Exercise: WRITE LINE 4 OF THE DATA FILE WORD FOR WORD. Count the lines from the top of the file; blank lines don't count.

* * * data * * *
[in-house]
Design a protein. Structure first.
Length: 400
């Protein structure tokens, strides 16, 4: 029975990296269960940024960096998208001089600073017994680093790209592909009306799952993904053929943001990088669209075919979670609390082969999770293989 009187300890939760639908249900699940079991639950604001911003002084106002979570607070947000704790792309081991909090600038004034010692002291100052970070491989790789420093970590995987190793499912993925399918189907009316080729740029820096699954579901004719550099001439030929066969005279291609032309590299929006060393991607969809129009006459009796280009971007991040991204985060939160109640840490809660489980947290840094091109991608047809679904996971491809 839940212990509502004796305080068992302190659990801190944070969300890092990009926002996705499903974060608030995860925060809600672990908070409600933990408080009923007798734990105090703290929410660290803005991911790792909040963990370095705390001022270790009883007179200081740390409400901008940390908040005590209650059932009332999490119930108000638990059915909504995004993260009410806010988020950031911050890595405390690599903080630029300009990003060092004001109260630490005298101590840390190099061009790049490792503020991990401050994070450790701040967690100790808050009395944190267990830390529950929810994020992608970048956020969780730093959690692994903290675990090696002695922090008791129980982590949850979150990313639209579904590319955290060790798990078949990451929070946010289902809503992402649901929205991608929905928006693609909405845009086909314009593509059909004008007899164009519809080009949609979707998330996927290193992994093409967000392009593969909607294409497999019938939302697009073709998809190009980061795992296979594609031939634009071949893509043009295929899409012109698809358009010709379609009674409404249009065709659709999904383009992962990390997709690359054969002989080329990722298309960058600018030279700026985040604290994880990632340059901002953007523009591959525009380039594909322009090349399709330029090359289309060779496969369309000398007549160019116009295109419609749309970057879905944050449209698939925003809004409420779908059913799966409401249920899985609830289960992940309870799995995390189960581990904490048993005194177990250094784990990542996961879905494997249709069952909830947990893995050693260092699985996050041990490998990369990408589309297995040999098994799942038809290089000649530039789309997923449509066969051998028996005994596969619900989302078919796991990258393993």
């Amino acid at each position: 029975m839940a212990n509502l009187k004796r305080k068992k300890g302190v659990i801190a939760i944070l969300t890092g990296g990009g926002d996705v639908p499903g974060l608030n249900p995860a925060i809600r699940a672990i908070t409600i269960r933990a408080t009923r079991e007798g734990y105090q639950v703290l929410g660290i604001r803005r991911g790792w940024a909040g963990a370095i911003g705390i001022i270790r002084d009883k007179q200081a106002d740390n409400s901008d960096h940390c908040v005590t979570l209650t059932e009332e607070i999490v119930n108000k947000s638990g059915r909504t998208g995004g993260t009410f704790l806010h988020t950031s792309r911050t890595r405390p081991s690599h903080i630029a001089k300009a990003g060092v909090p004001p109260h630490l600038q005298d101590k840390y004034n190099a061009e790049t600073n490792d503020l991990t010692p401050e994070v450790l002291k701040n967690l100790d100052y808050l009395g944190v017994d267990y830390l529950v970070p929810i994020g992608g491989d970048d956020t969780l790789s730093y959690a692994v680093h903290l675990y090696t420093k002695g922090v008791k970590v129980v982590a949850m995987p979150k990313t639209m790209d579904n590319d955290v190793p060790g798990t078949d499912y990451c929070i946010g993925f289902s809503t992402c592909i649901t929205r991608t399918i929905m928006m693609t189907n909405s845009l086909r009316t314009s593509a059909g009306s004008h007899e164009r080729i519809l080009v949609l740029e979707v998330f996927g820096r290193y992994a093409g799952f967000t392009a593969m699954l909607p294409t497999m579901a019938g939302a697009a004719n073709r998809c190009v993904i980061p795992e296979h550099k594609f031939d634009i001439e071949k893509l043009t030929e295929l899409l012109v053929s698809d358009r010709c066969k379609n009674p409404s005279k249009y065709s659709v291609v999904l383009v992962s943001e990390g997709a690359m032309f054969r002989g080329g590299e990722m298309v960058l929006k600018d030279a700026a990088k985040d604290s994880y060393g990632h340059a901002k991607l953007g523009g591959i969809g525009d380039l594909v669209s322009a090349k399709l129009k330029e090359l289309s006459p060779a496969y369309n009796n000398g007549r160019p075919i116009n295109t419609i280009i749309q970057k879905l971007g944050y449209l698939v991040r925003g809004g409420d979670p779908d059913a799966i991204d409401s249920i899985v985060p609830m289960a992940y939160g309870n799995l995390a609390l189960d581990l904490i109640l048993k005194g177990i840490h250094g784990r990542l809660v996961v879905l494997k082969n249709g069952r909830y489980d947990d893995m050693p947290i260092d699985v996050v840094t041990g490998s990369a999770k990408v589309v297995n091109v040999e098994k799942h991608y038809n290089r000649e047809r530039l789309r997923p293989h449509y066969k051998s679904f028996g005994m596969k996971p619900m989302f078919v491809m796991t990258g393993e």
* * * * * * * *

């Protein structure tokens, strides 16, 4: 029975990296269960940024960096998208001089600073017994680093790209592909009306799952993904053929943001990088669209075919979670609390082969999770293989 009187300890939760639908249900699940079991639950604001911003002084106002979570607070947000704790792309081991909090600038004034010692002291100052970070491989790789420093970590995987190793499912993925399918189907009316080729740029820096699954579901004719550099001439030929066969005279291609032309590299929006060393991607969809129009006459009796280009971007991040991204985060939160109640840490809660489980947290840094091109991608047809679904996971491809 839940212990509502004796305080068992302190659990801190944070969300890092990009926002996705499903974060608030995860925060809600672990908070409600933990408080009923007798734990105090703290929410660290803005991911790792909040963990370095705390001022270790009883007179200081740390409400901008940390908040005590209650059932009332999490119930108000638990059915909504995004993260009410806010988020950031911050890595405390690599903080630029300009990003060092004001109260630490005298101590840390190099061009790049490792503020991990401050994070450790701040967690100790808050009395944190267990830390529950929810994020992608970048956020969780730093959690692994903290675990090696002695922090008791129980982590949850979150990313639209579904590319955290060790798990078949990451929070946010289902809503992402649901929205991608929905928006693609909405845009086909314009593509059909004008007899164009519809080009949609979707998330996927290193992994093409967000392009593969909607294409497999019938939302697009073709998809190009980061795992296979594609031939634009071949893509043009295929899409012109698809358009010709379609009674409404249009065709659709999904383009992962990390997709690359054969002989080329990722298309960058600018030279700026985040604290994880990632340059901002953007523009591959525009380039594909322009090349399709330029090359289309060779496969369309000398007549160019116009295109419609749309970057879905944050449209698939925003809004409420779908059913799966409401249920899985609830289960992940309870799995995390189960581990904490048993005194177990250094784990990542996961879905494997249709069952909830947990893995050693260092699985996050041990490998990369990408589309297995040999098994799942038809290089000649530039789309997923449509066969051998028996005994596969619900989302078919796991990258393993």